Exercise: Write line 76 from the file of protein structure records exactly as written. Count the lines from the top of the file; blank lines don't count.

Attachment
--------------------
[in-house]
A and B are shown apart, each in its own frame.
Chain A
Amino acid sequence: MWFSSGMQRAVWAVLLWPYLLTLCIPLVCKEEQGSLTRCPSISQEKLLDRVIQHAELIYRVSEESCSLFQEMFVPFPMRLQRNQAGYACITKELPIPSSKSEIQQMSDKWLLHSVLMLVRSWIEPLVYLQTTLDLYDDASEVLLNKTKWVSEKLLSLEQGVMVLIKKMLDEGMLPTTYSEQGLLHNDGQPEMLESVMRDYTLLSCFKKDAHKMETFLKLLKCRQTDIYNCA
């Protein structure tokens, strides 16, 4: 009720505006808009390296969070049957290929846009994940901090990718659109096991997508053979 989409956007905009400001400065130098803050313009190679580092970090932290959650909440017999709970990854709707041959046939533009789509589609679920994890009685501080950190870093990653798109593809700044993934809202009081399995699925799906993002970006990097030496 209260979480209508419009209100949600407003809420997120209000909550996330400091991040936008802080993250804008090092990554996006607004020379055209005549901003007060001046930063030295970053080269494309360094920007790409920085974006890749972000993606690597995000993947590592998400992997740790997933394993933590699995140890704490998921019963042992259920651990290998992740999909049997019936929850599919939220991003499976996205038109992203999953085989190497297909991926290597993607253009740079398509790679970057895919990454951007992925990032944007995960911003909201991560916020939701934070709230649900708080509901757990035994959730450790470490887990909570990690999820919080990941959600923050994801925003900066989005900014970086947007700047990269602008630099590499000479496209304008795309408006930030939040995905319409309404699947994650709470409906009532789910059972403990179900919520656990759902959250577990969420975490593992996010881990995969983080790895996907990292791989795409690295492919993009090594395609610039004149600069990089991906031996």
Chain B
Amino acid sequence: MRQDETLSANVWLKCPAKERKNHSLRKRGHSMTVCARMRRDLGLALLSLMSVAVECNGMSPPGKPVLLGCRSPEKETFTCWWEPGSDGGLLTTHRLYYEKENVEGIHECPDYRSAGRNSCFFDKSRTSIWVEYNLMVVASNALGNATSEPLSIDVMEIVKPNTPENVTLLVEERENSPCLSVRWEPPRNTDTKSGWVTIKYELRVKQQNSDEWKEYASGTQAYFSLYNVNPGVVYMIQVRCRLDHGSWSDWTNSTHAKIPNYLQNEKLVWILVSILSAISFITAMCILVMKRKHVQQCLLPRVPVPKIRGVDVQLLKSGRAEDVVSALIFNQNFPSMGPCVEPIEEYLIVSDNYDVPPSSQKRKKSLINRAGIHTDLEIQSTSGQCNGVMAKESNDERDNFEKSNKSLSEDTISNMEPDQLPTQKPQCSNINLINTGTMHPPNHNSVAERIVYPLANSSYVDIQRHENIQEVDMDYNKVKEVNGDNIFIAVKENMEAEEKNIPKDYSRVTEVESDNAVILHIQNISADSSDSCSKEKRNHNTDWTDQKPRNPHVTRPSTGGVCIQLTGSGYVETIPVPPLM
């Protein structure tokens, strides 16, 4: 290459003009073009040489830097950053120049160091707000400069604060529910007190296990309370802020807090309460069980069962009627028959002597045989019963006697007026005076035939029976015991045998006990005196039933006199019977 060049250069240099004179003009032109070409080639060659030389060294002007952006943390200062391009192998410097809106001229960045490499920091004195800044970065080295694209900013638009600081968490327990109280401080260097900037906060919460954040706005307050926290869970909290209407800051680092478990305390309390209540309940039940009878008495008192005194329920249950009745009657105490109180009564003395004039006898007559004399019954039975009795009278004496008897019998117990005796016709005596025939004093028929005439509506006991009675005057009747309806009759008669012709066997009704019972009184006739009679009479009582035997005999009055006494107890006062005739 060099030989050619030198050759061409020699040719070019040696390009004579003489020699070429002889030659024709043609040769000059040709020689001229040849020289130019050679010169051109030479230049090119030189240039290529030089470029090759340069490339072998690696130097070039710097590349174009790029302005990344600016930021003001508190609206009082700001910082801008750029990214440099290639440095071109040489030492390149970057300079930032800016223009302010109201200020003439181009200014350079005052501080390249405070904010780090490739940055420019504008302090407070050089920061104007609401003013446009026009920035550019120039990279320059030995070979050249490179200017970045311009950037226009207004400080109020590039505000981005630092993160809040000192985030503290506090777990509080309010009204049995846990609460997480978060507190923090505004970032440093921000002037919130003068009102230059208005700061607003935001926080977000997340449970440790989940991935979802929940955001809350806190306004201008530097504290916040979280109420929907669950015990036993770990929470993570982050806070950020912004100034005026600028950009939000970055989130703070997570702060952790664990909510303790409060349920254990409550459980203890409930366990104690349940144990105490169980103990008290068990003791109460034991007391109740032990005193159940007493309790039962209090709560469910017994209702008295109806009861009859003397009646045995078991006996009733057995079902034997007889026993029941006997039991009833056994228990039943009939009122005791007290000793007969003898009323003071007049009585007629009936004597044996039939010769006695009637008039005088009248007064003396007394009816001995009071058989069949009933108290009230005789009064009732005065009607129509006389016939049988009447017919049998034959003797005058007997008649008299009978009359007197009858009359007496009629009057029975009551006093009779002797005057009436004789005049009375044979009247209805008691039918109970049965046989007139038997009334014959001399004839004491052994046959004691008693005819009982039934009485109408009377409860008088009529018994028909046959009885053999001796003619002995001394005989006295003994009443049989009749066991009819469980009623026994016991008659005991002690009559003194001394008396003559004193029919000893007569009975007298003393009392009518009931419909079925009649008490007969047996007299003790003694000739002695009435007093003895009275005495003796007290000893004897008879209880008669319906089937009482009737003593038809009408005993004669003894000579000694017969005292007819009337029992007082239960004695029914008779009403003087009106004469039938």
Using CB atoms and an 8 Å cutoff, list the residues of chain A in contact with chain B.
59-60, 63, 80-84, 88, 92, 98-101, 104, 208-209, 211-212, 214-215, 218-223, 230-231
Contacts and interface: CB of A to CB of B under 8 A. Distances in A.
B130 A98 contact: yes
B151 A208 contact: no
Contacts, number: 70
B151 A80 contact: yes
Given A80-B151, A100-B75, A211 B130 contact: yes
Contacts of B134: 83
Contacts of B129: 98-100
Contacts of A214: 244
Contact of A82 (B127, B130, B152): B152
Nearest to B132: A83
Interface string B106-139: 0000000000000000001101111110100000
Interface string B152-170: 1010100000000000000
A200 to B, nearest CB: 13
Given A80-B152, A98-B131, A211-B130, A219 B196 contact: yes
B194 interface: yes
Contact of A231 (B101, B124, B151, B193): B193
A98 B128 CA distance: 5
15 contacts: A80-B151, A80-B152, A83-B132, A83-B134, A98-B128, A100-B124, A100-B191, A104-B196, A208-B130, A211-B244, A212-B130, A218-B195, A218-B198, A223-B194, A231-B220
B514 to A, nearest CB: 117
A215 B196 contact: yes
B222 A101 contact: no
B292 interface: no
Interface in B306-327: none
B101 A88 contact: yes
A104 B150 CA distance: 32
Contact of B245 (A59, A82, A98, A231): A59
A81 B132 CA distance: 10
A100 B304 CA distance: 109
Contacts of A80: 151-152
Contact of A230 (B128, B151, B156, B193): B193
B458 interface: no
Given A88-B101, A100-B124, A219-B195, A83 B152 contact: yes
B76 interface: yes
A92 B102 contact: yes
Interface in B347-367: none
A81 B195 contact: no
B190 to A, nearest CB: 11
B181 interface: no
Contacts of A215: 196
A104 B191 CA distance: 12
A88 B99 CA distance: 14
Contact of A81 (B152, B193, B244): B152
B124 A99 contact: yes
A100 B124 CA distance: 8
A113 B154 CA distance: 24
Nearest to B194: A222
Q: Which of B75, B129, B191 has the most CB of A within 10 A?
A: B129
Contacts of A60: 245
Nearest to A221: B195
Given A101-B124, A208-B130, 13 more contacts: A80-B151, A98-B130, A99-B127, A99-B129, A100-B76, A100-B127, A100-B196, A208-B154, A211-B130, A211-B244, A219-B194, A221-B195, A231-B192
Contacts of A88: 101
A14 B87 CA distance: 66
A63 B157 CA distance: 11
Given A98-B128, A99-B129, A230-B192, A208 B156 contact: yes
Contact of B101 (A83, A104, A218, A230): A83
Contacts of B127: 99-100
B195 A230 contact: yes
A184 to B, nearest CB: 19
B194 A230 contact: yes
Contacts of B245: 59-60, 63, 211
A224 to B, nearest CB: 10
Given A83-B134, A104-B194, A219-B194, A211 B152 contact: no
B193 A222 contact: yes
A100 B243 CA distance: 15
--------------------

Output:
A100 B243 CA distance: 15